He talks about each one of the seven attributes and why they build on each other. I was especially zeroed in on self-control since that is, right now at least, my weakest link in the chain and the one which affects all the others.
He writes, "Self-control is a trained capacity to think clearly about what matters most. It is a disciplined attentiveness to what God has done and is doing. A heightened sensitivity to spiritual reality, including a shrewd awareness of how the devil seeks to play havoc with us. It's about paying attention."
"The purpose of self-control is to make us holy as God is holy."
Now there's a concept.
Holy as God is holy. And never stumbling in the process. I just can't get over that!
One last disjointed thought: "The practice of dying to yourself is most often worked out in the mundane more than the heroic. It's often the retort or self-vindication you don't speak. The key is to take you complaints to God before you take them to anyone else."
Hosea 6:3 says, "So let us know, let us press on to know the Lord. His going forth is as certain as the dawn; and He will come to us like the rain, like the spring rain watering the earth."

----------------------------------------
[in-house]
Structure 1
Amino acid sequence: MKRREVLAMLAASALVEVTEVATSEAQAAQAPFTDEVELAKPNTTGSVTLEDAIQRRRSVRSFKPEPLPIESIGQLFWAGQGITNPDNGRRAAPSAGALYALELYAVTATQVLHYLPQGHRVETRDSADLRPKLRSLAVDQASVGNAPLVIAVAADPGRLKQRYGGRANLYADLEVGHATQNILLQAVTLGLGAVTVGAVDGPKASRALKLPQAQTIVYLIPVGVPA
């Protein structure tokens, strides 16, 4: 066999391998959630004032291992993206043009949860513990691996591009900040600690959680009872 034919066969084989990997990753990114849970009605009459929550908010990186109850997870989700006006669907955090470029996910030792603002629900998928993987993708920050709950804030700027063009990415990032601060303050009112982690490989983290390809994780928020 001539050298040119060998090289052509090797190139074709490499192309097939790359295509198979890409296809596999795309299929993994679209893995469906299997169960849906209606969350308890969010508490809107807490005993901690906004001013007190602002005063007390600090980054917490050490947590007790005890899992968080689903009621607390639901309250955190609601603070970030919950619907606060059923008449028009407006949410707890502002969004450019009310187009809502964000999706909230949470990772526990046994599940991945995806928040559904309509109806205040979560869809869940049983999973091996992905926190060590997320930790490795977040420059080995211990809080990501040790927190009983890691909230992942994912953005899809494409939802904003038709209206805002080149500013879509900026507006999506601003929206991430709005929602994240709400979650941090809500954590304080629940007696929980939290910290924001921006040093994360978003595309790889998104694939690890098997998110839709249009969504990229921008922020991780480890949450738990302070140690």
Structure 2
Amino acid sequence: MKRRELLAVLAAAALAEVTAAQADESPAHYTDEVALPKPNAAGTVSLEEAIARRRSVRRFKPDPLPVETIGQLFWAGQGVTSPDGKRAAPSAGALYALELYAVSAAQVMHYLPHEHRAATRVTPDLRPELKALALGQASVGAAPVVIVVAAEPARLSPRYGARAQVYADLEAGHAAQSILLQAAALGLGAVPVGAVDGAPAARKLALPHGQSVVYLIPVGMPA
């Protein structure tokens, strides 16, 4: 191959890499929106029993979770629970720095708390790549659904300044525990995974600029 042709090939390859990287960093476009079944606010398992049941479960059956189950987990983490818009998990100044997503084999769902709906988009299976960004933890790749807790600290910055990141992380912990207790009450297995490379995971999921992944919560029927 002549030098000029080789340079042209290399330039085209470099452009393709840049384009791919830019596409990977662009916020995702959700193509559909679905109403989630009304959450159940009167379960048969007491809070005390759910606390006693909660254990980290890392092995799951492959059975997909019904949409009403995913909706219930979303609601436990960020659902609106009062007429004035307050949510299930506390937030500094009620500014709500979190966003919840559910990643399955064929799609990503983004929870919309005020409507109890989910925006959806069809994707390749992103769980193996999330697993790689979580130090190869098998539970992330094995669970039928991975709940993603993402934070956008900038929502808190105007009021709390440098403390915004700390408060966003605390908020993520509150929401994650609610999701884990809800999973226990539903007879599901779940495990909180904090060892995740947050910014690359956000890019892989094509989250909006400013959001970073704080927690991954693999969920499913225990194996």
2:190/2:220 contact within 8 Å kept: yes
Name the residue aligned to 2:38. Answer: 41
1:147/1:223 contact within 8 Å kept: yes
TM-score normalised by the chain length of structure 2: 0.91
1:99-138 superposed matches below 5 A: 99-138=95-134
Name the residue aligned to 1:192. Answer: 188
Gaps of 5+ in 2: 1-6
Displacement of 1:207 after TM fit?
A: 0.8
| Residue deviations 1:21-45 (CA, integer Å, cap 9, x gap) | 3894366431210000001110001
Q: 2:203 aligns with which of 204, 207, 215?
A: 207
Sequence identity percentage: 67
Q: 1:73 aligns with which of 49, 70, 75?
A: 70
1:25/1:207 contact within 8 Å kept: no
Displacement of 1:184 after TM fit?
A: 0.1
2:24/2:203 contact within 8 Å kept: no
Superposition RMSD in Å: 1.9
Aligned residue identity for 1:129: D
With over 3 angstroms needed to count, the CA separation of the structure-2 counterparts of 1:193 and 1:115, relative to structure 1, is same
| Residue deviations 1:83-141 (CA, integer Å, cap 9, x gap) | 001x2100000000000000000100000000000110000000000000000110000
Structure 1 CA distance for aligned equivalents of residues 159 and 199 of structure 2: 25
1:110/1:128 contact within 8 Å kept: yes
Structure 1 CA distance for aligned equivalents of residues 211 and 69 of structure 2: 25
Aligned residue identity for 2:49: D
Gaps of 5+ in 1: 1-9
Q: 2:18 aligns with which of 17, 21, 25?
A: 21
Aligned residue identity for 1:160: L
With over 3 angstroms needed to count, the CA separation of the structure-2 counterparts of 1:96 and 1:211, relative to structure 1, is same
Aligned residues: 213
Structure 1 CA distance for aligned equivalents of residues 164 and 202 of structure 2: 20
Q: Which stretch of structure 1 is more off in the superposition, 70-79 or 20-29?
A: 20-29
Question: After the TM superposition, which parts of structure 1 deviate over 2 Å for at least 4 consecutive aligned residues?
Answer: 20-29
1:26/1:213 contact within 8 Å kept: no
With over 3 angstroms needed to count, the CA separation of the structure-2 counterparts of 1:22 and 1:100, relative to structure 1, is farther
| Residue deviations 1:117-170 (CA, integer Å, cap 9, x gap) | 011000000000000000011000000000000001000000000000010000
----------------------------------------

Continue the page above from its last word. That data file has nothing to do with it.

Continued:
Come to me, Lord. Rain on me. Rain--no, don't just rain, drench me in faith, moral excellence, knowledge, self-control, perseverance, godliness, brotherly kindness and Christian love.
Help me to cultivate and increase in these attributes so that I will never stumble and will be fully equipped to faithfully fulfill Your call on my life. Amen.

Monday, May 12, 2008


My seventy-nine year old neighbor died suddenly Saturday. She was at the flea market with her daughter, suffered a massive stroke, was rushed to the hospital and died a few hours later.
We'd been good neighbors to one another for eighteen years; polite, egg borrowing, mail gathering, house watching neighbors. We'd chat if we both took our trash to the curb or picked up our newspapers at the same time. She never wanted to be a bother and I tried not to bother her unless I needed that egg or my phone line was down and I needed to use hers.
After her husband died from the effects of Alzheimer's a couple of years ago Jay was good about helping her with heavy lifting and I took her food occasionally if I had extra and thought she might like what I'd made.